How do you build artificial intelligence into your bot? Don’t worry, I’ve got you covered, I’ll tell you how to do it in the next section of this post.

How to build chatbots

Building a chatbot can sound daunting, but it’s totally doable. You’ll be creating an artificial intelligence powered chatting machine in no time (or, of course, you can always build a basic chat bot that doesn’t have a fancy AI brain and strictly follows rules).

“The difficulty in building a chatbot is less a technical one and more an issue of user experience. The most successful bots will be the ones that users want to come back to regularly and that provide consistent value.” — Matt Hartman, Director of Seed Investments at Betaworks

You will need to figure out what problem you are going to solve with your bot, choose which platform your bot will live on (Facebook, Slack, etc), set up a server to run your bot from, and choose which service you will use to build your bot.

“We believe that you don’t need to know how to program to build a bot, that’s what inspired us at Chatfuel a year ago when we started bot builder. We noticed bots becoming hyper-local, i.e. a bot for a soccer team to keep in touch with fans or a small art community bot. Bots are efficient and when you let anyone create them easily, magic happens.” — Dmitrii Dumik, Founder of Chatfuel

Here are a ton of resources to get you started.

Platform documentation.

Great services you can use to build your bot.

“It’s hard to balance that urge to just dogpile the latest thing when you’re feeling like there’s a land grab or gold rush about to happen all around you and that you might get left behind. But in the end quality wins out. Everyone will be better off if there’s laser focus on building great bot products that are meaningfully differentiated.” — Ryan Block, Cofounder of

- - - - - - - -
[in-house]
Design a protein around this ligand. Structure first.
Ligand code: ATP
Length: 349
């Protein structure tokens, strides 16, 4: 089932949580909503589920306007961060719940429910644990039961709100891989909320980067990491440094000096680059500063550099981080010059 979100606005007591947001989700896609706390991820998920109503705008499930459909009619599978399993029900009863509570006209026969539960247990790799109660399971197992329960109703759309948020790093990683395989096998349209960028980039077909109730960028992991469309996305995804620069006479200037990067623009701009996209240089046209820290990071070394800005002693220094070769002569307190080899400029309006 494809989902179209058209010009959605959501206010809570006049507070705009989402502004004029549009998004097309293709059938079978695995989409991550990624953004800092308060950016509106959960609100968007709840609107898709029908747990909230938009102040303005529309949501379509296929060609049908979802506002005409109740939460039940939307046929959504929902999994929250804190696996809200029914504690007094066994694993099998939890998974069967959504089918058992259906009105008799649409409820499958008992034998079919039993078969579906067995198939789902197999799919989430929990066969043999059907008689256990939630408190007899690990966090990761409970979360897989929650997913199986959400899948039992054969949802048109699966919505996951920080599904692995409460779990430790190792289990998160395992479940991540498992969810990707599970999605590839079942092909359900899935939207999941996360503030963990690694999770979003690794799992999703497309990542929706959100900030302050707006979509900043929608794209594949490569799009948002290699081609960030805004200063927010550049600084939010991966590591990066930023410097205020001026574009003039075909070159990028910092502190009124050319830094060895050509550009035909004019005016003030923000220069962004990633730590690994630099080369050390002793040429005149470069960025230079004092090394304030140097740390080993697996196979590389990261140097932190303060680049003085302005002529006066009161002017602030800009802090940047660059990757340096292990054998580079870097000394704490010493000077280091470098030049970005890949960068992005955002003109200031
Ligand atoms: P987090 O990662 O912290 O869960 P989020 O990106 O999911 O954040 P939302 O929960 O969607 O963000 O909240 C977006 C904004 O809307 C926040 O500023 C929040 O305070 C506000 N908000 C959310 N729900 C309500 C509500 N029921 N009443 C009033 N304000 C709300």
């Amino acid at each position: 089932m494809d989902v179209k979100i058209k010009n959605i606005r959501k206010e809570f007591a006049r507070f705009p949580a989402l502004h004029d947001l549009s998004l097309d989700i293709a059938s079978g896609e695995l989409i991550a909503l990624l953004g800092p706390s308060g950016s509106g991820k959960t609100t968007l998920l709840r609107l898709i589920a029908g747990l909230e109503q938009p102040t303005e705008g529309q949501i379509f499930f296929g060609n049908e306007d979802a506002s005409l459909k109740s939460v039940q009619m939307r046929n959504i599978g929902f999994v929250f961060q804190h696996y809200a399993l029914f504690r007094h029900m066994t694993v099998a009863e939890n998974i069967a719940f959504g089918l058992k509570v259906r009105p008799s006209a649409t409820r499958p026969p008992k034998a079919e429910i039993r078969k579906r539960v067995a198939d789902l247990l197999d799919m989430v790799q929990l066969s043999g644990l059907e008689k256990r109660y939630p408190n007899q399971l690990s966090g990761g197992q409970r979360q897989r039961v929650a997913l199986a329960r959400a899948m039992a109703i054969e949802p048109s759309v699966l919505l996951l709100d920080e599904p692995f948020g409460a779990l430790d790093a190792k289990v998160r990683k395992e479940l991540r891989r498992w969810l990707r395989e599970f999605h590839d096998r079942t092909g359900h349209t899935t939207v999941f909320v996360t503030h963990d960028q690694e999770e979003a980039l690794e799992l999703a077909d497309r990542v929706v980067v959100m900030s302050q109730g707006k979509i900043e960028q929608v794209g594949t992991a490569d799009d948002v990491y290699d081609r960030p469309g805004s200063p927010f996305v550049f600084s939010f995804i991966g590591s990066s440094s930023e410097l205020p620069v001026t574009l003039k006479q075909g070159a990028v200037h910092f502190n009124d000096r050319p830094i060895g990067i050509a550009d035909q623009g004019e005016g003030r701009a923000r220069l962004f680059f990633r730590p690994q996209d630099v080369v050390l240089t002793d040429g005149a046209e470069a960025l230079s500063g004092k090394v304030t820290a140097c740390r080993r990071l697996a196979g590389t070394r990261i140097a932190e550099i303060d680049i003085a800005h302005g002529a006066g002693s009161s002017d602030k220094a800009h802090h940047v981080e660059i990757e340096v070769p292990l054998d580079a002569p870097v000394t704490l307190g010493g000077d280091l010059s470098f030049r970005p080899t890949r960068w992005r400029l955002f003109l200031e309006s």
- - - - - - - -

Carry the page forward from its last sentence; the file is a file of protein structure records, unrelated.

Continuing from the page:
Other Resources.

Now that you’ve got your chatbot and artificial intelligence resources, maybe it’s time you met other people who are also interested in chatbots.

How to meet people interested in chatbots

Chatbots have been around for decades, but because of the recent advancements in artificial intelligence and machine learning, there is a big opportunity for people to create bots that are better, faster, and stronger.

If you’re reading this, you probably fall into one of these categories.

  1. You want to learn how to build a chatbot.
  2. You are currently building a chatbot or you have already built one (p.s. If this is you I would seriously consider applying to get $200k in funding from Botcamp and get $25k from Telegram).
  3. You want to build a chatbot but you need someone else to help you.
  4. You are researching chatbots to see if you and your team should build one.
  5. You are an investor potentially interested in investing in chatbot startups.

Wouldn’t it be awesome if you had a place to meet, learn, and share information with other people interested in chatbots? Yeah, we thought so too.

That’s why I created the Chatbots Facebook group, and it has quickly become the largest group related to chatbots.

The members of the Chatbots group are investors who manage well over $2 billion in capital, employees at Facebook, Instagram, Fitbit, Nike, and Ycombinator companies, and hackers from around the world.

We would love if you joined. Click here to request an invite to the private Chatbots Facebook group.

I have also created the Silicon Valley Chatbots Meetup, register here to be notified when we schedule our first event.

That’s all for now!

I wish you luck in your journey to create your own chatbot and to dive headfirst into the world of artificial intelligence (if you haven’t already).

This article was first published on Medium.